(And if you don’t already have sympathy for screenwriters try reading Neil Gaiman’s “The Gold Fish Pond” or David Morrell’s “The Successful Novelist.”)
The book points out that there’s a greater chance of winning the lottery than selling a screenplay, but—if you have drive and talent—following the honest and generous advice in this book can only stack the odds in your favor.
I am not a screenwriter (even though I won five dollars on a scratch and win ticket once)—but want to learn all I can from all kinds of writers and all kinds of books.
It’s well organized by topic and can be re-read in doses as needed. It claims to not be a writing craft book—but it’s that and more. Anyone with a story to tell should find value in this book. Or at least be inspired.
One of my favorite quotes is from the chapter on rewriting:
“An art teacher once taught me to hold a painting up to a mirror to see its hidden flaws. But there is no equivalent to that in writing. If you hold up your script to a mirror, it’s just backwards! The only way to get that perspective is time away from the material. So the trick in rewriting is to get away from it for as long as you can.” — Steven DeSouza
Are you thinking of writing a screenplay? Then you could use the advice in this book. First of all, this is not a how-to book. It doesn't show you how to develop characters, or structure a story, or tell you how to write. What it does give you is information on the daily life and habits of professional screenwriters. One of the most important pieces of advice is to just write. Too often, a beginning screenwriter will spend years to write one script and then shop it around. This is a big mistake for several reasons. A movie producer is looking for someone who can work reliably at speed. If you've only written one script, they're going to be suspicious about your abilities. Another thing is that producers are very busy, so if you get one of them to finally read your script, it's going to be the first and last chance. Do you really want to show him your first script? It's trash to him. Would you send your first painting to an art gallery? Of course not, so you shouldn't do the same with screenwriting. You should have written 5 to 10 screenplays before you think of showing your work around. Most aspiring screenwriters don't want to put in this work, and it shows. If you write, you will get better. If you love writing, and you can apply yourself to your writing, then you can have a chance to work in Hollywood.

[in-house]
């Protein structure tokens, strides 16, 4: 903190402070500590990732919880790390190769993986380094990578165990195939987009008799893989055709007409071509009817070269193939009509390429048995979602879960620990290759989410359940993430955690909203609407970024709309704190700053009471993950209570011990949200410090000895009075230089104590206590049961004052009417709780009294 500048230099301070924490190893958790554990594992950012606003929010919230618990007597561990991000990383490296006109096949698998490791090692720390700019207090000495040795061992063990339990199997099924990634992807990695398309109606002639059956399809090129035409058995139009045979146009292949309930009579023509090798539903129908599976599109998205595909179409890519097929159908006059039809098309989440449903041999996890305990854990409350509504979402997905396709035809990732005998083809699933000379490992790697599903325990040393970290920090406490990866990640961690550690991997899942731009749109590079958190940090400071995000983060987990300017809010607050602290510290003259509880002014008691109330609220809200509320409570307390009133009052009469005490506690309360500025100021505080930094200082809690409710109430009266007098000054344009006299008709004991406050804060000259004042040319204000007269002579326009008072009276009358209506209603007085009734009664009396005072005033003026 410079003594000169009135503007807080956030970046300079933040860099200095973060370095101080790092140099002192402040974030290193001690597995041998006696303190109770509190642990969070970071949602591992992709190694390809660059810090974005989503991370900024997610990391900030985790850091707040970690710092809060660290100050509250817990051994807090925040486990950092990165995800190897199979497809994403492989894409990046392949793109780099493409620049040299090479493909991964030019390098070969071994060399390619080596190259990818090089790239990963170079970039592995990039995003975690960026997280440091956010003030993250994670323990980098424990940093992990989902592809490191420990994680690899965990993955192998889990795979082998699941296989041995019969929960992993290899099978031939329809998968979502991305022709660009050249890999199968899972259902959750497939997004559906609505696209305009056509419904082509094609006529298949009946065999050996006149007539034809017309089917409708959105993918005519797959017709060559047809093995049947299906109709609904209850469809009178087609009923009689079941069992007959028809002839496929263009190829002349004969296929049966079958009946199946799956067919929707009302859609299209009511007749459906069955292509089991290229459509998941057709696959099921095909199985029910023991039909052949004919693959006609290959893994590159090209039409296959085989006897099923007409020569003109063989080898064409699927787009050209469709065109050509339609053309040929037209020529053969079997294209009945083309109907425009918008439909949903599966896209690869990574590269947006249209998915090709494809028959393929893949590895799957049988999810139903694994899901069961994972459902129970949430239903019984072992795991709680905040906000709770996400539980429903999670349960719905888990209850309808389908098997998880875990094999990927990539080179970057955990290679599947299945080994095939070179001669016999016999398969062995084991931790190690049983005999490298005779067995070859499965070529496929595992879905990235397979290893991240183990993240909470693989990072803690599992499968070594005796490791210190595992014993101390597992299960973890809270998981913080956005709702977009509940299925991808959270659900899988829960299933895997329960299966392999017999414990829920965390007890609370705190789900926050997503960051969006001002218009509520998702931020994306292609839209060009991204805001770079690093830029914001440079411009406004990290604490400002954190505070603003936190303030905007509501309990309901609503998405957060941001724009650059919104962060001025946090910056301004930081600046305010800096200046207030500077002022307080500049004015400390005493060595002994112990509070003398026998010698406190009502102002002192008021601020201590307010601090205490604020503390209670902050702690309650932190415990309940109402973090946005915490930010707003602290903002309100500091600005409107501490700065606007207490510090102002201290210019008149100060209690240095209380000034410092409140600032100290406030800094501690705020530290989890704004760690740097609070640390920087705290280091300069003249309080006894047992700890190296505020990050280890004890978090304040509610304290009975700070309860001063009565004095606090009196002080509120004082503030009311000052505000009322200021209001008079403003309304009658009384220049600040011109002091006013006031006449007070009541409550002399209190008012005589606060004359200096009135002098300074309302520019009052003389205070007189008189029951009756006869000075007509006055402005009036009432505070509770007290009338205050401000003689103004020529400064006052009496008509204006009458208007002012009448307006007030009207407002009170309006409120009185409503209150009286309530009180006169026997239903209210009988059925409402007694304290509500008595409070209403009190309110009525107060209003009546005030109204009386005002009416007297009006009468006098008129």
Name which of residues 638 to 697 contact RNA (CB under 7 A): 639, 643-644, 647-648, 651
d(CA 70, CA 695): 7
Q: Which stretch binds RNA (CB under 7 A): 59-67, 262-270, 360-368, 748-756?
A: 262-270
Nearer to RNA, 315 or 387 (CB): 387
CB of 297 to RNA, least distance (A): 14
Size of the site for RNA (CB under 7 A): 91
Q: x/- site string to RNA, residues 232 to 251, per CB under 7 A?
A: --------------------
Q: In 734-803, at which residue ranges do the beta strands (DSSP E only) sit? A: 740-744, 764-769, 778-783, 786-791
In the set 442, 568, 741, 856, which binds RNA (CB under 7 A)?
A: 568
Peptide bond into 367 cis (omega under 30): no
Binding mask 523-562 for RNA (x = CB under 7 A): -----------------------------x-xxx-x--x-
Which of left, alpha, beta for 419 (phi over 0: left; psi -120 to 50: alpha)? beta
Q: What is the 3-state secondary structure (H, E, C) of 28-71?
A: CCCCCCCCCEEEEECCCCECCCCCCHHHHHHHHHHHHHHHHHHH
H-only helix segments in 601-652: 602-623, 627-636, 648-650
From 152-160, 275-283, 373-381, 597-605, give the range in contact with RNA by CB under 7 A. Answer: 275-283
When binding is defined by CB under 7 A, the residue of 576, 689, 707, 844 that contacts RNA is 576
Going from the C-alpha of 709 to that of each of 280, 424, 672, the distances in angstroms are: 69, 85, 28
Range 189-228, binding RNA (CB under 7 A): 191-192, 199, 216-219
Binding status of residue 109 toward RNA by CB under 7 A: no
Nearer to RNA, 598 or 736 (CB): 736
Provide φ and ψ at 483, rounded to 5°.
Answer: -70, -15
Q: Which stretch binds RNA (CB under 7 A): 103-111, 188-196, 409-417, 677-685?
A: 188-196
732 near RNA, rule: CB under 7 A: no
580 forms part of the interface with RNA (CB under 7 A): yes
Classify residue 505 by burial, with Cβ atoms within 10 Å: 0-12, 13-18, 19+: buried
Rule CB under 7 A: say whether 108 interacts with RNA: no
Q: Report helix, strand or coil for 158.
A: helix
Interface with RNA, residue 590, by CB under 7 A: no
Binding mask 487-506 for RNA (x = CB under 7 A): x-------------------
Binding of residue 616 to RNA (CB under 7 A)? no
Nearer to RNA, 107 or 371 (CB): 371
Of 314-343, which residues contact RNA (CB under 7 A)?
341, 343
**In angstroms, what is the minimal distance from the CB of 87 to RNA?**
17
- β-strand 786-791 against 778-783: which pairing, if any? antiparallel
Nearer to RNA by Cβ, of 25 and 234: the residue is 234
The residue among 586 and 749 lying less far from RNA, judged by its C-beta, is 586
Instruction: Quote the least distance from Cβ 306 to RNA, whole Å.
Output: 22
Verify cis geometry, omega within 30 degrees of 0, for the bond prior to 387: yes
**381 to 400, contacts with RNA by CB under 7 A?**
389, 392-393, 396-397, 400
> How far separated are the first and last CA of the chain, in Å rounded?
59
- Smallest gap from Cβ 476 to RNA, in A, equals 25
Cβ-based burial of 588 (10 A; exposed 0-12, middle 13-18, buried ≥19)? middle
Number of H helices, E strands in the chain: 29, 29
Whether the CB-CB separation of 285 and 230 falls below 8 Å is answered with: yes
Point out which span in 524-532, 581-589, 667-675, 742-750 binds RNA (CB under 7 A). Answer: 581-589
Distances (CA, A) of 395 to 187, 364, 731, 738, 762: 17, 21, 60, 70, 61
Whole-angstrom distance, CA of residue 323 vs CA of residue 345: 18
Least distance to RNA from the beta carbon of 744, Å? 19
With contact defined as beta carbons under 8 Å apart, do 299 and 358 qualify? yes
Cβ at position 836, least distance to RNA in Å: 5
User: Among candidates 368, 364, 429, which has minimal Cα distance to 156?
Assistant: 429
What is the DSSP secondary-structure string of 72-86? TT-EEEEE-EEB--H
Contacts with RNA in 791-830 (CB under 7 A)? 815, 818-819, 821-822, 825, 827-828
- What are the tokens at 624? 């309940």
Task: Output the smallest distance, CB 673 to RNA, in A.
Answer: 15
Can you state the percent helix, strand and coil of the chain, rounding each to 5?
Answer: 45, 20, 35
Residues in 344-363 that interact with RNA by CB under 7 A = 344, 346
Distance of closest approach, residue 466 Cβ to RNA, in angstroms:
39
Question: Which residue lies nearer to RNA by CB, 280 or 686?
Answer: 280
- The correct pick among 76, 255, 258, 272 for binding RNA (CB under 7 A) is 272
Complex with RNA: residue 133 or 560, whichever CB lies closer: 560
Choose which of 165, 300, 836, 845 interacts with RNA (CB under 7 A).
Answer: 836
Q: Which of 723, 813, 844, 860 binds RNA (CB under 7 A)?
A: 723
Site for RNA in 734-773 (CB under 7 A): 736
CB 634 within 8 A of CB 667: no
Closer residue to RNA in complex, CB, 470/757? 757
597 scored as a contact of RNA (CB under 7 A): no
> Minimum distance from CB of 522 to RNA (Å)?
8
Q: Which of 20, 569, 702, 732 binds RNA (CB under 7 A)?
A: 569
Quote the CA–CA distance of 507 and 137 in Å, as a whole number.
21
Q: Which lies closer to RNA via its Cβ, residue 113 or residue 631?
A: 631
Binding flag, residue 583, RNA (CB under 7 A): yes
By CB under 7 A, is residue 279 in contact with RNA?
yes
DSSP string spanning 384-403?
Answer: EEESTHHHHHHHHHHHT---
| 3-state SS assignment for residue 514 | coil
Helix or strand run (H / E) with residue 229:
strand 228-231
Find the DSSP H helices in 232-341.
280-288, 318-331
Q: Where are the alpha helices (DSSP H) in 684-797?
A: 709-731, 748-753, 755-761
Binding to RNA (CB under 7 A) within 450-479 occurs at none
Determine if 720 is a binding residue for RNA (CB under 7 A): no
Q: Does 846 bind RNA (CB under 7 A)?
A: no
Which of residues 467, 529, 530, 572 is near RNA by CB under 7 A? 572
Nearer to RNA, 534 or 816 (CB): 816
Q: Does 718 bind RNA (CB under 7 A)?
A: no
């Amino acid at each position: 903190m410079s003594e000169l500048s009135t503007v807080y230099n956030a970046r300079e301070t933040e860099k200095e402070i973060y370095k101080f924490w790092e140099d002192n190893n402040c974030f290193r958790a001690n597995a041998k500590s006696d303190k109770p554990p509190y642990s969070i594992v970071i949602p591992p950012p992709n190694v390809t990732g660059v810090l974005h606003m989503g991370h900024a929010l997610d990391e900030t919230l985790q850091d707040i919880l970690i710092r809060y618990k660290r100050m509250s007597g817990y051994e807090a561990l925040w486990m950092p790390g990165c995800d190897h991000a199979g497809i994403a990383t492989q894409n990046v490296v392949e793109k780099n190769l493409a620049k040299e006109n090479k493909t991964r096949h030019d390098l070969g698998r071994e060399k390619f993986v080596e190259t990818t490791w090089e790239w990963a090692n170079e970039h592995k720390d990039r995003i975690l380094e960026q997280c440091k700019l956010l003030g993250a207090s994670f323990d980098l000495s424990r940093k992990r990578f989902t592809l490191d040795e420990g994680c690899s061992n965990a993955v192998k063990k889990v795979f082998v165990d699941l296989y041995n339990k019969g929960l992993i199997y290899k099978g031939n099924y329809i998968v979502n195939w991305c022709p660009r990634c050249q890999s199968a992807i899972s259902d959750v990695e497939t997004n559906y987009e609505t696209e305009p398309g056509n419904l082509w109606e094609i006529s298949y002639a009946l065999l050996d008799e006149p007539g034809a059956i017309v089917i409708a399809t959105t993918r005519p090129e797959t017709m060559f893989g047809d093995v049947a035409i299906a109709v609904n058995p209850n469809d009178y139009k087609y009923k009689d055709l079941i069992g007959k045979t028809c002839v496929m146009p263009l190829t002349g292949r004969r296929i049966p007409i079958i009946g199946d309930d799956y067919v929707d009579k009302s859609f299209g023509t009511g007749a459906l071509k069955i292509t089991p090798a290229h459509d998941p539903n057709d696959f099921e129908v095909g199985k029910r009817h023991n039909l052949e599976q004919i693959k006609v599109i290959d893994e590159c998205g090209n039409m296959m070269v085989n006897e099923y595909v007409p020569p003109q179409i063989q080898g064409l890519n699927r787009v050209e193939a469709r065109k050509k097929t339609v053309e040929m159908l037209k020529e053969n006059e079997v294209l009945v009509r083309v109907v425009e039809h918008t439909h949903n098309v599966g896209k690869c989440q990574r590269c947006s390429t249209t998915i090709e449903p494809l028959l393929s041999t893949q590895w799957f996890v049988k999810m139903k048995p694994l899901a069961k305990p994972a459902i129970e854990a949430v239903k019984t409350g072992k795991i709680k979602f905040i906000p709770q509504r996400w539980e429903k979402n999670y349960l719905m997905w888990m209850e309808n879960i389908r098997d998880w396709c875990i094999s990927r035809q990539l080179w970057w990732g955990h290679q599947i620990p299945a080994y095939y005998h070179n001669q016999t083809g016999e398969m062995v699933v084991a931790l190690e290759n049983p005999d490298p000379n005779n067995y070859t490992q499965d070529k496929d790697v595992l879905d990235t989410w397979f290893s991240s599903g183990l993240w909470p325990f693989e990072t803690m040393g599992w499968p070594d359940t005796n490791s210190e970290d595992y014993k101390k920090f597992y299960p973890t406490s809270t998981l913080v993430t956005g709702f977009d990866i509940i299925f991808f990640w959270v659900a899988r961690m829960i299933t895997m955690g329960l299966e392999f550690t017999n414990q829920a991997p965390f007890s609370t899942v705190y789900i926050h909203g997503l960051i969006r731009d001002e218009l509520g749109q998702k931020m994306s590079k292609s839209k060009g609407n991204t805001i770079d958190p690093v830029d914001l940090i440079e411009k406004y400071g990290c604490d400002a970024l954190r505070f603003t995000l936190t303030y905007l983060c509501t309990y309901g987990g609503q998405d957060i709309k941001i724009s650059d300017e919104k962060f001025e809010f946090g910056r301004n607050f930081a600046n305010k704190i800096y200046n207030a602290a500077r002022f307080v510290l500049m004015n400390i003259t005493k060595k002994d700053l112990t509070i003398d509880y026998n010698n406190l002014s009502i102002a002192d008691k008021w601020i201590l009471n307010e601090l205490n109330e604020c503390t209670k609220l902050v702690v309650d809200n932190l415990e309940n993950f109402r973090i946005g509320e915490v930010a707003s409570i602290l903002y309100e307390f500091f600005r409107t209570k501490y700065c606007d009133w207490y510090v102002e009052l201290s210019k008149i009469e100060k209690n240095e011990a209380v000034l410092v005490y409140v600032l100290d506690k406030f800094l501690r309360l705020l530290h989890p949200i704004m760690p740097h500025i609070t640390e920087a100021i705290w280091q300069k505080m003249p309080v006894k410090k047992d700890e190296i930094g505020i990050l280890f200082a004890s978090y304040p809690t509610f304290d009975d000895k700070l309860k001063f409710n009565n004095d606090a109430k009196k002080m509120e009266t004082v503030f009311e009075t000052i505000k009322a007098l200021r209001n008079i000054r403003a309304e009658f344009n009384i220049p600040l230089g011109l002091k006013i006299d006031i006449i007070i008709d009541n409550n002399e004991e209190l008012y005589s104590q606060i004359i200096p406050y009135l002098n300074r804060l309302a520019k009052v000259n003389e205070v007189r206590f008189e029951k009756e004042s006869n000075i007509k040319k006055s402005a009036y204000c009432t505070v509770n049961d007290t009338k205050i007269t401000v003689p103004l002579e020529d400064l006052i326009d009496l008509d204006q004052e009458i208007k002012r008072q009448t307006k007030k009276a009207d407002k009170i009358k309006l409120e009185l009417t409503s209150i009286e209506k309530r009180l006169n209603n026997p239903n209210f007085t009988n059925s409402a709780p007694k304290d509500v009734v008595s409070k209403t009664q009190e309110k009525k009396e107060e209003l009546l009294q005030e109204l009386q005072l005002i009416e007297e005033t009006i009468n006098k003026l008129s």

I recommend this book to anyone wanting to get into this cutthroat industry. I learned the most from Ron Bass and Eric Roth. They have great insights within the book and I respect their work. The portion about acquiring an agent and outlining your script were particularly helpful to me. This is going into my amazing pile, next to "The Writers Journey" and "Immediate Fiction". 5/5!
This book is without a doubt an interesting read. As one who already writes (though not necessarily or exclusively screenplays), I like it because it illustrates beautifully how every writer's process, goals, and priorities are different and equally valid because it works for that individual writer. This is a far cry from the endless and often contradictory "must-do's" in other writing books. What you find in this book is the amazing diversity of how writers write. I've seen similar books that interview novelists but this is far more entertaining, better organized and is chunked in digestable pieces.